Old North was begun in 1794 and completed in early 1797. It was here, on the front porch, that former President George Washington was formally received and introduced by President DuBourg to the students in August 1797.
William Louis DuBourg, third president of Georgetown from 1796 to 1798, was one of several erudite Sulpicians who contributed significantly to the growth of that “complete nursery of learning.” The courtly emigré also raised that “nursery” from academy to college during his brief but energetic tenure. (Engraving from Shea, Memorial, 23)
As fourth president of Georgetown, Neale served from 1799 to 1806. With his help, Alice Lalor, an Irish emigré, and two companions opened Visitation Academy for the education of young ladies.
Neale served as acting president of Georgetown from December 1808 to March 1809, and as president from 1810 to 1811.
A nephew of Francis and Leonard Neale, he was president of Georgetown for about seven months in 1809.
The Act was presented to the U.S. Congress for consideration by Congressman William Gaston, loyal alumnus.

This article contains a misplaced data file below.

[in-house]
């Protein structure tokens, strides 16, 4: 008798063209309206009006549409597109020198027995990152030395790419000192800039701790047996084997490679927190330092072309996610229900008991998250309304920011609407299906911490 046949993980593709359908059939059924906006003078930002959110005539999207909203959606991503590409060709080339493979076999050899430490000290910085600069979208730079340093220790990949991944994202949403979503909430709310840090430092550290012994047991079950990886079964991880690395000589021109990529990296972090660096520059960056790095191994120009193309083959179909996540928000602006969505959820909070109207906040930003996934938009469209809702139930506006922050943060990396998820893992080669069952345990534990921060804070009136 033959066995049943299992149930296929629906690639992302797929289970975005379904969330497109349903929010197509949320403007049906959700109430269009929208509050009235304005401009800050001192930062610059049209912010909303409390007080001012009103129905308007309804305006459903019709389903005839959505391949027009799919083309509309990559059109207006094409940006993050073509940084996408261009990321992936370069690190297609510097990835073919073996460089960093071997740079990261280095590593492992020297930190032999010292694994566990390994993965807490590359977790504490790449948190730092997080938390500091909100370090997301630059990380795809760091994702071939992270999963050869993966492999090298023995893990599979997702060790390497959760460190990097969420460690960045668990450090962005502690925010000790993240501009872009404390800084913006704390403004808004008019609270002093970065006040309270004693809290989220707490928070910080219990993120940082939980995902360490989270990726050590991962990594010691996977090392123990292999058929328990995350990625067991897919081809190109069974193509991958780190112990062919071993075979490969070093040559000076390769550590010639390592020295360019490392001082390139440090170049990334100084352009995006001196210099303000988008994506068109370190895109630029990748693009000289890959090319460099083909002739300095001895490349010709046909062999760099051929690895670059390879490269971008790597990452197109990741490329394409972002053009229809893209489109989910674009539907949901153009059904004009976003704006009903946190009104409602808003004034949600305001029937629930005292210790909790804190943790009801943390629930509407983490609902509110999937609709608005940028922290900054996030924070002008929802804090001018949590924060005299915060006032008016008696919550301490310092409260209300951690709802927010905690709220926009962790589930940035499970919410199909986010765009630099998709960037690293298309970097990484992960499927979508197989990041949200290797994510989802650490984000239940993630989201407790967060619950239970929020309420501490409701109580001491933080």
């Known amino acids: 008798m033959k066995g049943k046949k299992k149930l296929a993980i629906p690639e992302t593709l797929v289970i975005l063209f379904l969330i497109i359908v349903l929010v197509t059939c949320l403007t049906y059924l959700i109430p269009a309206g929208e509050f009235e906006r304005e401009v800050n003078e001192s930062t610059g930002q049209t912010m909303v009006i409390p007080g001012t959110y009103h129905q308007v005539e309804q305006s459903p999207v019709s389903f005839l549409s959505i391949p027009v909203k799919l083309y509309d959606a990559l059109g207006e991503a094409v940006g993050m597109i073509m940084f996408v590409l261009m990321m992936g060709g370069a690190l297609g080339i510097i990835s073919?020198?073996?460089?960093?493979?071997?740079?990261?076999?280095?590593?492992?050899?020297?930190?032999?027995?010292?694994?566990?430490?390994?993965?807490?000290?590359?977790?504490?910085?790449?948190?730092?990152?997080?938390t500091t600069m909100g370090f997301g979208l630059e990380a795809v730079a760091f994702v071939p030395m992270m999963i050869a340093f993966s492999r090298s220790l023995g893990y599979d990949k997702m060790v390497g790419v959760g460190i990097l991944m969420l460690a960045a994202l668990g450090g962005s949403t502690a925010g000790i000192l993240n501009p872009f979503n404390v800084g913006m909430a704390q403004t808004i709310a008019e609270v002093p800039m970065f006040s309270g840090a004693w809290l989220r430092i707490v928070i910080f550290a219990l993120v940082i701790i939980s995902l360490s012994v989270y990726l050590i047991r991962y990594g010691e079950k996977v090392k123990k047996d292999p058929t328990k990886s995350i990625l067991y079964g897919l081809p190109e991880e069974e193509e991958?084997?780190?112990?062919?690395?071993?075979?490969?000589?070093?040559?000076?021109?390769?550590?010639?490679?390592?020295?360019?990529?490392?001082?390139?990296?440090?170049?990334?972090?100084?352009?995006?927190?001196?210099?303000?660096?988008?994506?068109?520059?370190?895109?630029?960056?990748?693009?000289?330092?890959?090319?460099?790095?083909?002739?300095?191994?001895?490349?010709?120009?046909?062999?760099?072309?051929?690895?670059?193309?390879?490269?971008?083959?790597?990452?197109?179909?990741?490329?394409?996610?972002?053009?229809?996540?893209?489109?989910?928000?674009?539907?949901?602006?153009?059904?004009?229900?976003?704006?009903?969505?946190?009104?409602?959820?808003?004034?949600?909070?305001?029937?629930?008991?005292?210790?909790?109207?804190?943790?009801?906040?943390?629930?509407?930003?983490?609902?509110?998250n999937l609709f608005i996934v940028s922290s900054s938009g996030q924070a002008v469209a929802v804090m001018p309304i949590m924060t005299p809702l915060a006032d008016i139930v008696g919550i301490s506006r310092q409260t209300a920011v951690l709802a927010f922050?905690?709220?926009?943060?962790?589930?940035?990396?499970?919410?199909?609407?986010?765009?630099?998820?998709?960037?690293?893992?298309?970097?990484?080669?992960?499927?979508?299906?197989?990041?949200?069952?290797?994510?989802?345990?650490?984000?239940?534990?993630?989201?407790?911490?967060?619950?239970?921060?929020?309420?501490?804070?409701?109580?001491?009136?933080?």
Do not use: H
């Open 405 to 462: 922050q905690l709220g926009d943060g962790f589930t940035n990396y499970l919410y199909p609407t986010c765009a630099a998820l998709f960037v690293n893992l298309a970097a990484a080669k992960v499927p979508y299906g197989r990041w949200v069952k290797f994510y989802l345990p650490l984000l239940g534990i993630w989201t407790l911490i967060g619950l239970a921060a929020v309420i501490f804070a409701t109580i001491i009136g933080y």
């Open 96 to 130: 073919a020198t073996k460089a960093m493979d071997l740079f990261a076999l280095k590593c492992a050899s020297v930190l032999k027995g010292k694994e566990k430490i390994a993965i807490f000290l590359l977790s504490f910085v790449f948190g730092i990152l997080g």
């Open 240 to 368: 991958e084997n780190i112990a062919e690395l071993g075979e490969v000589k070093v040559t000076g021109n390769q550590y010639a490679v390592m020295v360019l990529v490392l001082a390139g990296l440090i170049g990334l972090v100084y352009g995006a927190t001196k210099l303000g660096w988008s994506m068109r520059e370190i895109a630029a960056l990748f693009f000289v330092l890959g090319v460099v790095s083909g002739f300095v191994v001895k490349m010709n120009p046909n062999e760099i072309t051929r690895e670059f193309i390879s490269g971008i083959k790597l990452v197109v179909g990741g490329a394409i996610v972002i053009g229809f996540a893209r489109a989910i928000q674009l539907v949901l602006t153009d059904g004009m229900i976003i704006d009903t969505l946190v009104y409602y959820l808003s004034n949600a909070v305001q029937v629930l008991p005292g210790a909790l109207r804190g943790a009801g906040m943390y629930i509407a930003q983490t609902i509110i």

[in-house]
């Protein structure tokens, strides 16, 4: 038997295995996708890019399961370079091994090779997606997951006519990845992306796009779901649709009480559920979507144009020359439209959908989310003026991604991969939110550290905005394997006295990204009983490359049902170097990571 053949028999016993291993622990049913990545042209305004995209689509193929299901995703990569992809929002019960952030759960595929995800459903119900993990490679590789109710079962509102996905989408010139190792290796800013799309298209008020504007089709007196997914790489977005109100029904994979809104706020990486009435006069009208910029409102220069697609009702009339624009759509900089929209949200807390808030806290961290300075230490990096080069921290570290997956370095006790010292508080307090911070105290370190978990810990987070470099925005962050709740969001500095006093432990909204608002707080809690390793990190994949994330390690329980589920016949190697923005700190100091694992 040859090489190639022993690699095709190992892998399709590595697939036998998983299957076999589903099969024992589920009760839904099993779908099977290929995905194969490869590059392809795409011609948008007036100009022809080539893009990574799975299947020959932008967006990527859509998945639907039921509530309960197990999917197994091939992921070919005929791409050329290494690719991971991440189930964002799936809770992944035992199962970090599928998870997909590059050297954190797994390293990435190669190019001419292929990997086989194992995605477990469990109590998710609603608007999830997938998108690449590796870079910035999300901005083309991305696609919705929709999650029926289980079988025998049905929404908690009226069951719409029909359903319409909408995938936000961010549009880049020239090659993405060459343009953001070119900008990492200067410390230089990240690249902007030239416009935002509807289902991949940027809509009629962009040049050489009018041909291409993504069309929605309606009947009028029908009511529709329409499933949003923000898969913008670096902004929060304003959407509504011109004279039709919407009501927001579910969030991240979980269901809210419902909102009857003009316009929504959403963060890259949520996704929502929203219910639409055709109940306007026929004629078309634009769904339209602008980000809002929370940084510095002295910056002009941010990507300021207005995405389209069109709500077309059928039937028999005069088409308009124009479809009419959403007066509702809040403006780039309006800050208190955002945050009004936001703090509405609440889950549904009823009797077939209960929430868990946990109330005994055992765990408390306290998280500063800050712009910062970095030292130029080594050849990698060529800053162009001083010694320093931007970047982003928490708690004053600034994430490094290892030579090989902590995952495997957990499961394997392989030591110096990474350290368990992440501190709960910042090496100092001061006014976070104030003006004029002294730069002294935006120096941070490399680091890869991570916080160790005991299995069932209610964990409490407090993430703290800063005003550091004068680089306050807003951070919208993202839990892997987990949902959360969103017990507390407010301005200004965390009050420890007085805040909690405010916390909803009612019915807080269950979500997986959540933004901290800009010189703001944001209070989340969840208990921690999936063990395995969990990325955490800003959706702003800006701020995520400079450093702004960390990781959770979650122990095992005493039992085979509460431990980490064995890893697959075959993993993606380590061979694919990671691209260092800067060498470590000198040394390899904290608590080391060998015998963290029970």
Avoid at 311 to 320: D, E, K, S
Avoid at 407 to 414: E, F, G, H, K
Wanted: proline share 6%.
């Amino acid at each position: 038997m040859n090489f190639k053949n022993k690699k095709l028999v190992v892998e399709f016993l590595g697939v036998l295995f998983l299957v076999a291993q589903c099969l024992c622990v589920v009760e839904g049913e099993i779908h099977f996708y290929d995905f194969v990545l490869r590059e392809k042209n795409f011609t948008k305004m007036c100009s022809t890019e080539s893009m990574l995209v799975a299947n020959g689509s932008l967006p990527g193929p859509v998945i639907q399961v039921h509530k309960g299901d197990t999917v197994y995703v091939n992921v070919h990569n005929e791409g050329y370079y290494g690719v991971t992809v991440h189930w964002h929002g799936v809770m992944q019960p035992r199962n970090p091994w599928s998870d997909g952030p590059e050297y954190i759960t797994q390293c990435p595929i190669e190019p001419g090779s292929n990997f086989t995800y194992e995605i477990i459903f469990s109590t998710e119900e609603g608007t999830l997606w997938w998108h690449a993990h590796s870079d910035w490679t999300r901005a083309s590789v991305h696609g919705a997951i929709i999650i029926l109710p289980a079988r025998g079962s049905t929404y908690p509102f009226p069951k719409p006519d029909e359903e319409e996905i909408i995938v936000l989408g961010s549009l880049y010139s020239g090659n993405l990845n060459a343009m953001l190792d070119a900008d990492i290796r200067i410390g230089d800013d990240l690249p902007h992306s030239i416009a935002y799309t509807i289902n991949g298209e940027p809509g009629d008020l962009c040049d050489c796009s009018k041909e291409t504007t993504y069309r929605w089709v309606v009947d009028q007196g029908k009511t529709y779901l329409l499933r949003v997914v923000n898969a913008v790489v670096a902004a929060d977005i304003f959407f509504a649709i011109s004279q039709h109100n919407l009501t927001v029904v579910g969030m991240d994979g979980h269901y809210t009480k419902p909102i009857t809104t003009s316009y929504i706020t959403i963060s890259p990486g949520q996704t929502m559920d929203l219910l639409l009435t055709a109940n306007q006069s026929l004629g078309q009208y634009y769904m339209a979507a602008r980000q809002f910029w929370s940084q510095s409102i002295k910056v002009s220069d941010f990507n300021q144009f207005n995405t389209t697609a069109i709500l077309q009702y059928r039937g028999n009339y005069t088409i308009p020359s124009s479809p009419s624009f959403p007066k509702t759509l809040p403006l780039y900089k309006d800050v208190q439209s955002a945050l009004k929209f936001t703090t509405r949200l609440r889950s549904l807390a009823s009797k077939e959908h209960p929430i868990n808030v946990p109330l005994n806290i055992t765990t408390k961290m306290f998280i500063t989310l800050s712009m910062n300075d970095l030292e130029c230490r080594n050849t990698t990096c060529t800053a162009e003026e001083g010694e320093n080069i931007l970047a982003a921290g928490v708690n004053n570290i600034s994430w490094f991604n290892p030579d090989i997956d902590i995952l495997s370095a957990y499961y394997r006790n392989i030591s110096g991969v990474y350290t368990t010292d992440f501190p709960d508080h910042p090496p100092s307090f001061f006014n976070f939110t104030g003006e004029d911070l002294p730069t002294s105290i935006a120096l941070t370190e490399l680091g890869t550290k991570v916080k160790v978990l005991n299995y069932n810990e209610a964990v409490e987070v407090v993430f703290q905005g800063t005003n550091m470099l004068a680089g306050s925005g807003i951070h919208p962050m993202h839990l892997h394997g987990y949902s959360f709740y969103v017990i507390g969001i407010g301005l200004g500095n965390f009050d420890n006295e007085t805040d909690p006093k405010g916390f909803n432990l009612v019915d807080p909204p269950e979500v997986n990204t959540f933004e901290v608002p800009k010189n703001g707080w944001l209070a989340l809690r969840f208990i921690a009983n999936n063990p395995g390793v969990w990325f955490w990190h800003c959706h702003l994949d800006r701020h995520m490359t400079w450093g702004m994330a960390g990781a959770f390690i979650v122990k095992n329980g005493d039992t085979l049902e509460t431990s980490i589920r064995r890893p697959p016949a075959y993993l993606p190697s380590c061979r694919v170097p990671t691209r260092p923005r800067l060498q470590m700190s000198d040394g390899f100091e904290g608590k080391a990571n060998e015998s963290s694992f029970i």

Priest, prelate, patriot. Bishop from 1790 to 1808. Archbishop from 1808 to 1815.
J. Wallace joined the faculty at Georgetown in 1805 as a mathematics teacher. His textbook on astronomy, which he wrote initially for his students at the New York Literary Institution, was used at Georgetown long after he left the College in 1818.
Faulkner had a long and distinguished career in public service, first in the Old Dominion’s House of Delegates, then in the U.S. House of Representatives, and finally in the diplomatic corps of the United States.
Levins was an Irish emigré and professor of science and mathematics at the College. Despite his dismissal from the Society in 1825, the scholarly Levins eventually bequeathed his library to Georgetown. This image is a photograph of a Lithograph from a print made by R. Bowen when Levins was rector of St. Patrick’s Cathedral in New York City.
Wintertime approach to the College Walks designed by Brother West. They graced the campus for more than a century, until the land had to be used for buildings.
Photograph of a drawing by J. Smith, engraving by J. B. Neagle, 1832.
Black & white photograph of painting by James Simpson. The original painting is part of Georgetown University's Art Collection.
Constructed in 1810, this small brick building housed Georgetown’s shoe shop, store, and bakery. (Photograph probably taken several decades before it was razed in 1908; Georgetown University Archives).
Trained in Rome and twice president of Georgetown, he always cherished the wearing of the “freeman’s wreath” in America. Photograph from an 1840s daguerreotype.
Decatur, widowed in 1820 by her husband’s death in a duel, became one of Georgetown’s great benefactors. The portrait, attributed to Gilbert Stuart, is in the collection of Mr. and Mrs. William Machold. (Georgetown University Archives)